Adverse environmental conditions and local abnormalities, such as eyelid malposition, may lead to ocular surface damage. This damage to epithelial cells and nociceptors can lead to the release of various inflammatory mediators, such as adenosine triphosphate, prostaglandins (PGs), and substance P, and cause immune cell infiltration (Figure 2).28 In fact, elevated levels of PGE2 have been found in the tears of dry eye patients as compared with controls.50 Similarly, mice subjected to adverse environmental conditions also displayed higher cyclooxygenase 2 (COX2) and PGE synthase mRNA levels on the ocular surface.50 In line with immune cell recruitment, T cells have been found in the conjunctivae51 and elevated levels of inflammatory cytokines have been found in the tears of dry eye patients.52, 53 Specifically, tear levels of IL-2, IL-4, IL-5, IL-6, IL-8, IL-10, IL-17, and tumor necrosis factor-α (TNF-α) have been found to be elevated in dry eye compared with control subjects.52, 53 Environmental stress can also lead to an increase in reactive oxygen species. For example, oxidative stress-induced lipid peroxidation was increased on the conjunctivae of Sjogren’s patients as assessed by detection of hexanoyl-lysine (HEL) and 4-hydroxy-2-nonenal (4HNE) protein adducts.54 Furthermore, corneal epithelial damage may upregulate nerve growth factor (NGF) and decrease calcitonin gene-related peptide (CGRP) levels.55, 56, 57 Finally, MMP-9 levels have been shown to increase in the tears of dry eye patients.58, 59 In addition to pro-inflammatory mediators, there are anti-inflammatory mediators, such as those derived from omega 3 and 6 fatty acids (ie, resolvins and protectins60), and the presence of both pro- and anti-inflammatory mediators are likely important in regulating the signs and symptoms in dry eye.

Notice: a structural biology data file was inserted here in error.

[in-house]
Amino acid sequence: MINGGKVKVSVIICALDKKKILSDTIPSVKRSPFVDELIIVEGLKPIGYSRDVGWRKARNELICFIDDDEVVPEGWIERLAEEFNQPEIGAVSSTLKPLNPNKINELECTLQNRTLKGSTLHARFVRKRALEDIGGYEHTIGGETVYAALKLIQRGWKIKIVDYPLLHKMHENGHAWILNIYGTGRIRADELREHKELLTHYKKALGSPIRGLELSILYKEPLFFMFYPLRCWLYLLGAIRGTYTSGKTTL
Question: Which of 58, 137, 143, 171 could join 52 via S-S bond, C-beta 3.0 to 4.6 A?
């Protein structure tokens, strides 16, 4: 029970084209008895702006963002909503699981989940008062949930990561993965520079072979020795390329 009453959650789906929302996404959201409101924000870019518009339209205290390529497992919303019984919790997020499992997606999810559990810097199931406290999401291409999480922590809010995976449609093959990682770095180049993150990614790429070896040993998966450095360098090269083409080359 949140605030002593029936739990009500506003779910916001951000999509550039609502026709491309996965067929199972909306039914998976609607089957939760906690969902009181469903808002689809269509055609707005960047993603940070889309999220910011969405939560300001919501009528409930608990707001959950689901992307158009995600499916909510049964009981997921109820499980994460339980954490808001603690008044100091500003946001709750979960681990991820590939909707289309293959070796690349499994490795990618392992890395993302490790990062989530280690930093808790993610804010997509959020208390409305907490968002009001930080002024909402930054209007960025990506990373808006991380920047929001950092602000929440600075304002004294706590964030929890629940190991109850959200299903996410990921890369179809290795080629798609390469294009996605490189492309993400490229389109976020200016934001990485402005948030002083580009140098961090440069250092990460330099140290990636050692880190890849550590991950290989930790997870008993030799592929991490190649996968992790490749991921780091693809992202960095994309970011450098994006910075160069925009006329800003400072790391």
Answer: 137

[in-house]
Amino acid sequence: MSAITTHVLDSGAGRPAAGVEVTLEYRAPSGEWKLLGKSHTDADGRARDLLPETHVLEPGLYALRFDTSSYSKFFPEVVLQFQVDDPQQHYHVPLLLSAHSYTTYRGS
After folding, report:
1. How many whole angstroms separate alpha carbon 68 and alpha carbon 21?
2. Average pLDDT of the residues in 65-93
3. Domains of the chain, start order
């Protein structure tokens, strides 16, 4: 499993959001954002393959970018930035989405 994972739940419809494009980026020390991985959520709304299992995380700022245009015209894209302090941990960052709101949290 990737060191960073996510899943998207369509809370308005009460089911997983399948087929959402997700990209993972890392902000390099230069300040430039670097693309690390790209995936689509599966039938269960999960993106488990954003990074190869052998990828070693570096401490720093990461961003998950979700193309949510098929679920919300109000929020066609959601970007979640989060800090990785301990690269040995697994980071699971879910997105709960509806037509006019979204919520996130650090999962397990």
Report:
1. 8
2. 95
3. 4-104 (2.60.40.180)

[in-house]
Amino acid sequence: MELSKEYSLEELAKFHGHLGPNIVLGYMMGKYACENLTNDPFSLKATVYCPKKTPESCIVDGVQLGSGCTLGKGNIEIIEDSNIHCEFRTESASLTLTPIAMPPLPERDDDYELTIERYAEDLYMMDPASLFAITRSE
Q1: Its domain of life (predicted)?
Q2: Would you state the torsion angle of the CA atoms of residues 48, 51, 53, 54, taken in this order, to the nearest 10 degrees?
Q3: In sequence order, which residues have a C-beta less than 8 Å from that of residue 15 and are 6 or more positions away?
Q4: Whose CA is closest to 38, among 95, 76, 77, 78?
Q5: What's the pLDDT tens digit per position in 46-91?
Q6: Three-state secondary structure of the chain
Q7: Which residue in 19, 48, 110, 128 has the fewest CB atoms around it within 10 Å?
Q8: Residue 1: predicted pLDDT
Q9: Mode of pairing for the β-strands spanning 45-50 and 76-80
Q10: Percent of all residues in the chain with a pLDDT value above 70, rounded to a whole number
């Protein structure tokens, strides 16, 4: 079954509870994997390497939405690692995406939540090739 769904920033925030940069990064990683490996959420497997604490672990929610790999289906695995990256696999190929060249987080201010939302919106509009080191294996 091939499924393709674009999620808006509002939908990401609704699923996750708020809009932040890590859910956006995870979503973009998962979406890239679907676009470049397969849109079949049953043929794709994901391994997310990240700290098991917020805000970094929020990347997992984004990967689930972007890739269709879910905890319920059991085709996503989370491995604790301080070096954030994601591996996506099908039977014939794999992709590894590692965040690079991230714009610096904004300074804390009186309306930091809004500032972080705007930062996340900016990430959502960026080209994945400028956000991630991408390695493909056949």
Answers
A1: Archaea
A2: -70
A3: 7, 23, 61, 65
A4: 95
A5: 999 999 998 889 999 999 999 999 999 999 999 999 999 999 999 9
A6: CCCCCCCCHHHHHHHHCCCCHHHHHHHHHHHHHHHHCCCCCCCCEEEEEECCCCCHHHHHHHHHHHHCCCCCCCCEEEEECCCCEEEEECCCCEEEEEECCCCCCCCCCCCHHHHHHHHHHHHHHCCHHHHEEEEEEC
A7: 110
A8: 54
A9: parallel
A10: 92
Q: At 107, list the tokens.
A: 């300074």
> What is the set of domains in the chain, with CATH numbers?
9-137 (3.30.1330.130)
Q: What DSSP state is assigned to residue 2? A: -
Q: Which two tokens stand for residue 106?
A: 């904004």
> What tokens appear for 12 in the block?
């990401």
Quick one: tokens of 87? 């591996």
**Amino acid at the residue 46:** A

Figure 2
Figure 2

A simplified version of the relationship between environmental insults, inflammation, and nociceptor function. Mechanical, chemical, and thermal insults can damage corneal epithelial cells and nociceptors that results in a cascade of inflammatory mediators including adenosine triphosphate (ATP), prostaglandins (PGs), substance P (SP), matrix metalloproteinases (MMPs), reactive oxygen species (ROS), and nerve growth factor (NGF). In addition, there is an influx of immune cells including T cells, macrophages (Mφ), and neutrophils (Nφ). These cells secrete a variety of cytokines (interleukins and tumor necrosis factor (TNF)) that all alter the function of nociceptors. Other mediators, including resolvins and protectins, are involved in ending the inflammatory cascade and restoring nociceptor function. Persistent environmental stress or inflammatory responses can lead to permanent changes in nociceptor function.

Peripheral sensitization